The old man gaped at him. “What … what … are you going to do?”

          “I’m going to keep this computer. And you’re going to go back to Washington and start voting like a real Democrat, starting with the filibuster. Your glory days are over. You’re not the most powerful man in America any more, you’re just part of the team again. And I will bench your ass in a heartbeat if you ever forget that.” He gave a short push and Farley staggered backward. The edge of the bed caught the back of his knees and he plopped down on the tangled sheets.

          “This is where I should ask if we understand each other,” Mitch said. “But I know we do. Try to get some sleep, Senator. I want you to be fresh tomorrow. You’re going to have a busy day.”

          Mitch grabbed the computer and the charger, stuffed the cord in his pocket strode to bedroom door and opened it.

          Farley’s wife was frozen at the threshold in her nightgown and curlers, her face as white as her hair. She had obviously been standing there since that floorboard had creaked under her slippers.

          She had heard everything.

          Sandra Farley gaped at Mitch, wild eyed, her mouth moving silently, as if dozens of questions were crowding there, like desperate fans at a festival seating rock concert. Someone was going to be trampled to death before the first outraged question got through the door, but Mitch didn’t have time for the carnage. Farley’s ruined marriage was his own problem. The woman held out her hand to him in the sudden stillness and silence – to implore him, to stop him, to ask some impossible question?

          It didn’t matter. He had to go.

          Mitch spun and bolted for the door to the guest suite.

          One of the security detail was moving up the hall. He must have heard something – Farley’s heavy footfalls, or their voices. He froze when he saw Mitch. The man running up behind him already had his gun out.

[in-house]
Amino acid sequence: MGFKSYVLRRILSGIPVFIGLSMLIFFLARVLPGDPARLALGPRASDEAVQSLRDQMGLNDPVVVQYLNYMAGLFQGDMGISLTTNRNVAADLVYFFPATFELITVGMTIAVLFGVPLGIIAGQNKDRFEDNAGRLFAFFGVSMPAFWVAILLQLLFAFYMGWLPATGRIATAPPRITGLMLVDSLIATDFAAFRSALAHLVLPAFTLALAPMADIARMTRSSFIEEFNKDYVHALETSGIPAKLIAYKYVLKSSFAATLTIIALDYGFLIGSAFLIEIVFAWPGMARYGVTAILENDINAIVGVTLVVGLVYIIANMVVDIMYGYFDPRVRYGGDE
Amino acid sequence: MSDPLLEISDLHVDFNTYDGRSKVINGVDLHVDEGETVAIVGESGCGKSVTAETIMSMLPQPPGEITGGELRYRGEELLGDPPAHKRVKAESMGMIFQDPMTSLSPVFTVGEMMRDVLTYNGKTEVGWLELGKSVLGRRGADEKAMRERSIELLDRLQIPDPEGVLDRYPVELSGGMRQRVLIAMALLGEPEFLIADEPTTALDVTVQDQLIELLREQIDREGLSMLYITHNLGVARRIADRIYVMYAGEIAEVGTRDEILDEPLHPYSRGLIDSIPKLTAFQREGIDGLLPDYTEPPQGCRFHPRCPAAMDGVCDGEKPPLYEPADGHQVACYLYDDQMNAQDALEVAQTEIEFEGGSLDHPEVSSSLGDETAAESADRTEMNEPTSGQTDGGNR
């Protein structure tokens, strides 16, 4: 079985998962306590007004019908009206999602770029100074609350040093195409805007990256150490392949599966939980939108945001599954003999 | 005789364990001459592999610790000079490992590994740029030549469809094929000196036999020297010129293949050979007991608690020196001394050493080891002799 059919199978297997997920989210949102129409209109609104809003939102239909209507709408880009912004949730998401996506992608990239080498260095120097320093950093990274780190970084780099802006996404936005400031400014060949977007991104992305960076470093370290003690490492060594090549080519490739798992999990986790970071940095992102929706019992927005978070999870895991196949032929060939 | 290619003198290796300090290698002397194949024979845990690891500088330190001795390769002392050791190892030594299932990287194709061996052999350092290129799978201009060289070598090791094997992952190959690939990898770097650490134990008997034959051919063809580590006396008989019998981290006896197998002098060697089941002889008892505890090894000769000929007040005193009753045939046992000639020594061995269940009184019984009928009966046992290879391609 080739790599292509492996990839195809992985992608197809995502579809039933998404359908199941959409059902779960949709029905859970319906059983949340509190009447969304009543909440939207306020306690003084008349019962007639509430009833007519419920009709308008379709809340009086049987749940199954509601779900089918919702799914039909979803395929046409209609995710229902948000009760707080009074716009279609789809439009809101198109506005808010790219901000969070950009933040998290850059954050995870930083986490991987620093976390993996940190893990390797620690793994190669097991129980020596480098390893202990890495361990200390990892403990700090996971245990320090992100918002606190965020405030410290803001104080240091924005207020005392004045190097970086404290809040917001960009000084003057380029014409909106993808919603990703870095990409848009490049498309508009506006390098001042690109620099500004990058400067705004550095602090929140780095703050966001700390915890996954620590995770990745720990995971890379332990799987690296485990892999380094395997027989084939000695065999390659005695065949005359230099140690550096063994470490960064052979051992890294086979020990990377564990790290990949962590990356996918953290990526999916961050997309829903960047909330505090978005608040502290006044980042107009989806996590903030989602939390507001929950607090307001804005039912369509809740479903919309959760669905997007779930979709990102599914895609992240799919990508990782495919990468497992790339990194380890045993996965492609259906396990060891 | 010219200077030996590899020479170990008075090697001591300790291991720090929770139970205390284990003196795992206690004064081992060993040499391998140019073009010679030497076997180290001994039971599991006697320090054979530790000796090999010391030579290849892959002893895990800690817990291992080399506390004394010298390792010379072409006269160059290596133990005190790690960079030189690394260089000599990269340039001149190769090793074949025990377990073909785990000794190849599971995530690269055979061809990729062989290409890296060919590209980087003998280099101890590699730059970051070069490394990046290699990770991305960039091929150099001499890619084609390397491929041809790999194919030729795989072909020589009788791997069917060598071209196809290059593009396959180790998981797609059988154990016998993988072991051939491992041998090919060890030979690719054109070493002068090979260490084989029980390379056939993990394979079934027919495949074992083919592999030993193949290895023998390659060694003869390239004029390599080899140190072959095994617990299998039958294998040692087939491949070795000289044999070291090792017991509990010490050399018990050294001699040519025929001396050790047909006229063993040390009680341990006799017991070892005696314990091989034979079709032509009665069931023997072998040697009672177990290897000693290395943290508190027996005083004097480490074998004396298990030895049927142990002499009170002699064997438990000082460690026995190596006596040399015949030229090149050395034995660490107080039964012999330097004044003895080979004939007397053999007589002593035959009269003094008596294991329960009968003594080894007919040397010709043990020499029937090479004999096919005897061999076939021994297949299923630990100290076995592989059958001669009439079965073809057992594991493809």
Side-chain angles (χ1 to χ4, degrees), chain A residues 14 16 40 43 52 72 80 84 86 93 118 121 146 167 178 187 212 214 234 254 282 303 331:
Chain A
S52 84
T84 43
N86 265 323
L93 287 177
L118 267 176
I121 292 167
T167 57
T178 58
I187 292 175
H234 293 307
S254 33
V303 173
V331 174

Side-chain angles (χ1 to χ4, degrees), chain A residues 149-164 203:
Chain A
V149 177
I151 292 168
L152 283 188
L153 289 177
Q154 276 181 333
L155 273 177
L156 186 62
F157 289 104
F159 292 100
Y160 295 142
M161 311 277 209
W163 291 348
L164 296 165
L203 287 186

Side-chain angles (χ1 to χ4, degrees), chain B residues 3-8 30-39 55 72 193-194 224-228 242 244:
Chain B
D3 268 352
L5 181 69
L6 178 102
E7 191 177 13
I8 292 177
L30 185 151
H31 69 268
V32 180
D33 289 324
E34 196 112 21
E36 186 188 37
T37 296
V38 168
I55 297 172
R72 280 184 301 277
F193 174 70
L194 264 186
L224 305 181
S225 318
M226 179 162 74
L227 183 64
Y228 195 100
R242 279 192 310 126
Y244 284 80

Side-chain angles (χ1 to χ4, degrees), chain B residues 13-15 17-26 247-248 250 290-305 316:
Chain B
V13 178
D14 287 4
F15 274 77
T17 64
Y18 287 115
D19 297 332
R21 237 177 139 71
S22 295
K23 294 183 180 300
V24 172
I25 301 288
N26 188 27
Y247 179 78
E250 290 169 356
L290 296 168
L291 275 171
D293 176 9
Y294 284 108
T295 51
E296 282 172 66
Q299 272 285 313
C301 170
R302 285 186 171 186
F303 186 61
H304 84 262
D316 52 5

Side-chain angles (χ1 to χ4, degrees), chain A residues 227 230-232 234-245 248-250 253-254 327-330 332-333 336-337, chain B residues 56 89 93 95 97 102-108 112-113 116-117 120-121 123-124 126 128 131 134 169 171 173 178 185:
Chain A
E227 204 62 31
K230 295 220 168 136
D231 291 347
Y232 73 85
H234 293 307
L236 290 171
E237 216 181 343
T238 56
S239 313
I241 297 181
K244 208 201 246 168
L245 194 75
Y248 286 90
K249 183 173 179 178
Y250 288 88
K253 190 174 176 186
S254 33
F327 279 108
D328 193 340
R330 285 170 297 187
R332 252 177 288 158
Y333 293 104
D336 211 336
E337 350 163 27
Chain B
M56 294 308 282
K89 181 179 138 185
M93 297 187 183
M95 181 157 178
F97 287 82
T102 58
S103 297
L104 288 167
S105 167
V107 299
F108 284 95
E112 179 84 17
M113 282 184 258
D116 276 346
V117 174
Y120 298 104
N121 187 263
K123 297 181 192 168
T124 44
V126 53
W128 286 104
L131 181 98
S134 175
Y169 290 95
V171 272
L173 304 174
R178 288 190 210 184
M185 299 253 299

“Halt! Larry, get down!”

          Larry dove for the floor. Mitch lifted the MacBook as the guard squeezed off a shot. The round slammed into the computer and knocked it out of his hand. He twisted to catch it as it fell,  and threw it hard, like a rectangular frisbee. It hit the shooter in the forehead – an axe blow that crumpled him. Mitch launched from his kneeling position and slammed into Larry as he scrambled to his feet, whipping a knife hand edge strike into the guard’s neck at the carotid artery. The blow was a guarantee – like pulling the master switch on an electric panel.

          Larry was out, and Mitch was dashing for the back stairs before the body hit the carpet. He could hear footsteps on the front stairs, more agents following the first two. There would be a moment of confusion when they realized he was gone. He emerged into the kitchen, crossed to the French doors and slipped out onto the patio that faced the beach. The cigarette smoker’s walkie-talkie crackled to life and Mitch could hear the timbre, if not the exact words, of the desperate orders shouted from the second floor landing.

          He looked up and saw Mitch as a moving shadow. Then he was down and Mitch was bounding over the body to the beach. He grabbed the surfboard, slid it into the water, pulled himself onto sticky fiberglass surface and started to paddle, angling out into the dark water, before setting his course parallel to the shore.

Arc lights came on and scoured the beach, but the beach was empty. Mitch heard sirens in the distance. The Secret Service would never involve the local police, but some neighbor must have heard the gun shot and dialed 911.

          He paddled hard, every stroke taking him closer to safety and farther from the blast radius of his mission. But the mission had failed. He windmilled his arms, digging out the mild water, lurching him forward, an efficient engine of passage, watching the nose of the board skim the surface, gritting his teeth in frustration. It wasn’t just that the gunshot had destroyed the computer, or even that he had been forced to use it as a weapon and abandon it. He hadn’t planned for the MacBook, and there was no way he could have carried it on the paddle board without drenching it in brine. That improvisation would have hit a dead end no matter what happened. Even abandoning the computer in the Sound would have been preferable, though. The wrecked laptop would let Farley know his secrets were safe. The old man’s luck was famous – he had won the Tennessee Powerball lottery twice and famously been bumped off flight 93 on 9/11.  The “Farley Good Fortune” had come up three cherries again. Despite Mitch’s best efforts, the Senator was in the clear, free to pontificate and preen in the spotlight while the country burned and the entire Democratic party from the President on down kneeled to kiss his ring.

          It was maddening – to come so close. And Farley was right – with the inevitable increased security, Mitch would never get another chance. He’d had just one shot, and he’d blown it.